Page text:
GOP candidates from N.C. back down from questioning Obama’s birthplace

McClatchy NewspapersMay 11, 2012 

— After questioning the authenticity of President Barack Obama’s birthplace, North Carolina congressional candidate Richard Hudson now says he’s willing to give the state of Hawaii the benefit of the doubt and accept that the president was born in the United States.

Hudson is the leading Republican in a highly contested two-man runoff with dentist Scott Keadle for the chance to face Democratic Rep. Larry Kissell in November. Hudson admitted this week that he made a mistake when he told a tea party group before the May 8 primary that “there’s no question President Obama is hiding something on his citizenship.”

“I could have expressed myself better,” Hudson said in an interview at his home in Concord, N.C. “It’s not an issue I’ve talked about before. Once I had time to really think about my words better and I was not in a forum with a one-minute clock running, I could have given a better answer that I accept the fact that the state of Hawaii says (Obama’s birth certificate) is legitimate.”

Some critics have charged for years that Obama was born in Kenya, his father’s birthplace. Top Republicans had declared the issue dead last year after the White House released a detailed birth certificate that showed Obama was born in Honolulu.

Hudson was one of several Republican congressional candidates in North Carolina who brought new attention to the old controversy while campaigning in hard-fought primary races.

John Whitley, one of Hudson’s competitors in the Republican primary, also raised questions about Obama’s birthplace.

So did Jim Pendergraph, a Mecklenburg County commissioner who is in a runoff for the 9th Congressional District seat that includes Charlotte. He told the Charlotte Observer in April he has “reason to be suspicious.”

Like Hudson, Pendergraph has backed away from his earlier doubts about the president’s birthplace. He said Friday he has no reason to disbelieve the Hawaii birth certificate.

“My thoughts are that that’s something that ought to be settled in court if somebody’s got a problem. . . . I didn’t want to get in the middle of this,” Pendergraph said in an interview.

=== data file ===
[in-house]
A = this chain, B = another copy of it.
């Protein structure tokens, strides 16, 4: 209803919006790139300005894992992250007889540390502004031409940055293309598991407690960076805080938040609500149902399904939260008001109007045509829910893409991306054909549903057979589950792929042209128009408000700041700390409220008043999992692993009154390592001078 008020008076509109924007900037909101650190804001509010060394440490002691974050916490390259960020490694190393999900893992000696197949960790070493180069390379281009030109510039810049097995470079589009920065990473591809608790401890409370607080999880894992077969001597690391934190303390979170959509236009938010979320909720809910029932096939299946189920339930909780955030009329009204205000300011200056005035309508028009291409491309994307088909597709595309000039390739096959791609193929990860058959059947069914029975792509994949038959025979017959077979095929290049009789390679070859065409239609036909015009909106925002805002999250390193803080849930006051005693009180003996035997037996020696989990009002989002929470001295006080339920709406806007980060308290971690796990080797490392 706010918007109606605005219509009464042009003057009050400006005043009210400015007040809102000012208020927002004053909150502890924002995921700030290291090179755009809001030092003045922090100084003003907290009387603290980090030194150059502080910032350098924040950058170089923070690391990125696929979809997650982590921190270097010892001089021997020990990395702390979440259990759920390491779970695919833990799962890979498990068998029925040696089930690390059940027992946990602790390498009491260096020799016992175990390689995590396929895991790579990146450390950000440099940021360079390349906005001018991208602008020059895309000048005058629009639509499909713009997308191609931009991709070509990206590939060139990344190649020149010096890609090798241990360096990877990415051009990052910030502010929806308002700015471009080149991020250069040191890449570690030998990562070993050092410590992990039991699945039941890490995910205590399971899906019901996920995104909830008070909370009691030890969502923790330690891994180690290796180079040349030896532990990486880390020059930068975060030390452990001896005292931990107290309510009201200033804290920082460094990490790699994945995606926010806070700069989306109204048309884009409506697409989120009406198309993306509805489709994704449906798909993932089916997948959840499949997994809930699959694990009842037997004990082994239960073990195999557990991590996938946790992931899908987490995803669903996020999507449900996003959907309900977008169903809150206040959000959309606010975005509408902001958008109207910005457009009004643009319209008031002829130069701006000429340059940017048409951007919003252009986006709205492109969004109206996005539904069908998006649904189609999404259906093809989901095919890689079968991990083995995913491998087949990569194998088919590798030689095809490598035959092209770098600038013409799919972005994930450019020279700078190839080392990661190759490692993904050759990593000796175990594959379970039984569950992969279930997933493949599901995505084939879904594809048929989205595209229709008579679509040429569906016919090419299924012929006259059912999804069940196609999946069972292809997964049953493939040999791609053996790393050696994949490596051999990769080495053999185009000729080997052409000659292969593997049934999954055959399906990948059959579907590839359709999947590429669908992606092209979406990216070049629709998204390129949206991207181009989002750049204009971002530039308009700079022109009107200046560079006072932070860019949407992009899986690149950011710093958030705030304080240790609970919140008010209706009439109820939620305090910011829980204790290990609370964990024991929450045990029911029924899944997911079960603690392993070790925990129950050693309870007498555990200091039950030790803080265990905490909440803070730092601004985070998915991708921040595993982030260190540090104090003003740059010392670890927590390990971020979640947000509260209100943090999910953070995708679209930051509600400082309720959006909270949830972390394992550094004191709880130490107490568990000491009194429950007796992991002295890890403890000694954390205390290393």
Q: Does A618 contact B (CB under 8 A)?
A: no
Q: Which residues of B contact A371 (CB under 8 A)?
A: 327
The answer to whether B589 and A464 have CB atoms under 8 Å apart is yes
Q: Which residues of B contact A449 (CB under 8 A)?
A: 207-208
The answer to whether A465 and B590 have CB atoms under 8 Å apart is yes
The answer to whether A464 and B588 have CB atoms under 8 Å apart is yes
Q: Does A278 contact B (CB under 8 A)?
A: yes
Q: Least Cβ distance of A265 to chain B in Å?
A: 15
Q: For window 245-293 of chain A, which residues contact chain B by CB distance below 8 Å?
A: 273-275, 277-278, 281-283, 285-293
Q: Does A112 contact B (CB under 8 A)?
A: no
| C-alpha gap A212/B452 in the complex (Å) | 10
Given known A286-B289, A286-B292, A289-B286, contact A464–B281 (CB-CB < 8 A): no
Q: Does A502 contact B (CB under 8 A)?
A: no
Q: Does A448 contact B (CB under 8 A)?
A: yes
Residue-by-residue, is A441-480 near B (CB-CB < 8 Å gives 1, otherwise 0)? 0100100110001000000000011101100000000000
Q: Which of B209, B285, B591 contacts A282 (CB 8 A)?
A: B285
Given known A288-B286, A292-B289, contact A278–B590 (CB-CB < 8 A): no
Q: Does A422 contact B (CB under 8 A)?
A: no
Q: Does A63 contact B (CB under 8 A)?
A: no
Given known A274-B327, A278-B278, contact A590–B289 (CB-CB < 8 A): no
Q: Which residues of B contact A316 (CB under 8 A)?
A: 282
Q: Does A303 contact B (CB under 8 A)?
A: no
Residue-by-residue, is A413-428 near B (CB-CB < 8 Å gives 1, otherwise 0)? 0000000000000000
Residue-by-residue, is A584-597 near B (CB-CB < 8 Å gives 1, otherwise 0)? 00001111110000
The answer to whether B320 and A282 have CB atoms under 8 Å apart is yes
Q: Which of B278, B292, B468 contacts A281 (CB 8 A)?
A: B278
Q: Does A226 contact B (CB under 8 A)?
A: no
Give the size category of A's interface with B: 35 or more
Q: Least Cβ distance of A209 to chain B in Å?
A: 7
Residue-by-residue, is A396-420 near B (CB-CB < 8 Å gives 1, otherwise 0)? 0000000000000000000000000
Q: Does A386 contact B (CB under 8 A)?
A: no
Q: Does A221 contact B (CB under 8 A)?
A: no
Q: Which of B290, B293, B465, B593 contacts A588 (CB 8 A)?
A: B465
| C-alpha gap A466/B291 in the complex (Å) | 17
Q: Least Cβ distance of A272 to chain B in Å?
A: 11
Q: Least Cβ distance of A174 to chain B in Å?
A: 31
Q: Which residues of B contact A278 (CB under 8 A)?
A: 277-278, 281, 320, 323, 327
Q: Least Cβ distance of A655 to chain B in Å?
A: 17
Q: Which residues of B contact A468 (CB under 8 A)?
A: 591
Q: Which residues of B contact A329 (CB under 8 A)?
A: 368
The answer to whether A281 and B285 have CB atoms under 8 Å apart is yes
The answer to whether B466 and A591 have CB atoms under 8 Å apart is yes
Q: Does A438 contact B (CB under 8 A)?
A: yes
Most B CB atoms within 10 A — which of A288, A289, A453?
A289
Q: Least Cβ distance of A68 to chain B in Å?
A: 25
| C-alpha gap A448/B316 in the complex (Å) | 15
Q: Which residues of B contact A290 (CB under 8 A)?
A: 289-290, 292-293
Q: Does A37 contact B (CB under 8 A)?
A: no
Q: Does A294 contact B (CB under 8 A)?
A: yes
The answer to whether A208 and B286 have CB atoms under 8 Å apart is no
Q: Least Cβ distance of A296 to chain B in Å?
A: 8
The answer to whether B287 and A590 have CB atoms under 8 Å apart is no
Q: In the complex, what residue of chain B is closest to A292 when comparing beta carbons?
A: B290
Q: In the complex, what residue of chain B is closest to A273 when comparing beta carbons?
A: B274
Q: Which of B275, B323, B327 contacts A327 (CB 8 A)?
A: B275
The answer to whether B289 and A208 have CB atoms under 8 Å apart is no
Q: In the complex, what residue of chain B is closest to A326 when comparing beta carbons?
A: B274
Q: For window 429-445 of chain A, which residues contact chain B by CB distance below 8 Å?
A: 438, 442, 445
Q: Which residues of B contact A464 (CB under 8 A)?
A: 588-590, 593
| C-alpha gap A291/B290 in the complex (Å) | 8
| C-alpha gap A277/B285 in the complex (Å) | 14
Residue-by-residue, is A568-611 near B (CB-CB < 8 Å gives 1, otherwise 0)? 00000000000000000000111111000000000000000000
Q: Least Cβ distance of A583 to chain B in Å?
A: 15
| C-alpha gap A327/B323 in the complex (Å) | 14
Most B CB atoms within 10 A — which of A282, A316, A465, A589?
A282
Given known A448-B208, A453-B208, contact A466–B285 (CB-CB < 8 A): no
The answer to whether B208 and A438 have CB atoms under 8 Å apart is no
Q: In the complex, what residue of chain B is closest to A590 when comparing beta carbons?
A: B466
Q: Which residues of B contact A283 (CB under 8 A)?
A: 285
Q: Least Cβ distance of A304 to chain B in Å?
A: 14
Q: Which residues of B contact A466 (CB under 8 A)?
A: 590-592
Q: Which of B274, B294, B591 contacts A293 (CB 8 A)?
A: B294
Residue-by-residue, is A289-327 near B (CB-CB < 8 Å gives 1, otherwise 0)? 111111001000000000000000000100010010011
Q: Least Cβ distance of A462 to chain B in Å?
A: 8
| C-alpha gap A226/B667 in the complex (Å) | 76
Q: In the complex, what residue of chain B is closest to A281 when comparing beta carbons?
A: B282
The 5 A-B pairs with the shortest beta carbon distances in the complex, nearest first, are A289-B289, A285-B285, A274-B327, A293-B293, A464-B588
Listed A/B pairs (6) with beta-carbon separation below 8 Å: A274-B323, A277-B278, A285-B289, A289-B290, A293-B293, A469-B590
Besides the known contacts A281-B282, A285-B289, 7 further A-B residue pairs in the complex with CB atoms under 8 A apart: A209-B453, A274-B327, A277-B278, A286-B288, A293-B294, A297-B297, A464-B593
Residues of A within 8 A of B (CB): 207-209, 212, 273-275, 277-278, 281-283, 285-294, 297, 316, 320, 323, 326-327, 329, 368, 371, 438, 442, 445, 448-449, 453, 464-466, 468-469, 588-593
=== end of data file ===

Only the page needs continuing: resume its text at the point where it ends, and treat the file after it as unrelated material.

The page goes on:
“I’m willing to look at the evidence, period, and wished I’d kept my mouth shut,” he said.

Hudson, a former congressional chief of staff and one-time aide to former Rep. Robin Hayes, now the state’s Republican Party chairman, received the most votes among a five-candidate field in the 8th District Republican primary. But he failed to get the required 40 percent to avoid a July 17 runoff.

Keadle, who received 21 percent of the vote, surged in the final days of the race after receiving thousands of dollars for TV ads from the Washington-based Club for Growth. The club also helped Indiana tea party favorite Richard Mourdock upset a six-term incumbent, Republican Sen. Richard Lugar.

It’s unclear whether the birthplace issue will continue to be part of the debate in North Carolina, but political experts say the runoff is shaping up to be another example of the battle between the GOP establishment and the tea party.

Up to 37 percent of Republican voters in the North Carolina primary affiliate themselves with the tea party movement, according to Public Policy Polling, a Democratic-leaning polling firm in Raleigh, N.C.

Whether Hudson reversed his opinion or had second thoughts, the more people climb down from politicking on theories and supposition the better, said Ferrel Guillory, a political analyst at the University of North Carolina at Chapel Hill. He said candidates are forgetting there are other factions of the Republican Party. He cited one of his students, who considers himself a moderate Republican, who complained that he doesn’t have anyone to vote for.

“There are votes among moderate Republicans for candidates to go hunting for,” Guillory said. “It’s not in the Republican Party’s best interest to only have its debate out on the right wing all the time.”

Keadle called the birthplace debate irrelevant and wouldn’t opine on Obama’s birthplace.

“I haven’t spent two seconds of my life thinking about where President Obama was born,” he said. “I have thought an inordinate amount of time about how his policies are destroying this country.”

Keadle did say the process to determine whether candidates are eligible should be improved.

That’s the point Hudson said he was trying to make when he answered a question about Obama’s birthplace to a tea party group in Rowan County.

Hudson said stronger verification procedures would eliminate this type of future distraction. But he said it’s time to move on.

“I believe the president’s policies have been bad for the country and we as Republicans need to focus on defeating him at the ballot box,” he said. “To do that, we need to talk about issues like jobs and health care and not dwell on this issue that the state of Hawaii has said is black and white.”

Charlotte Observer reporter Jim Morrill contributed.

email: fordonez@mcclatchydc.com; Twitter: @francoordonez

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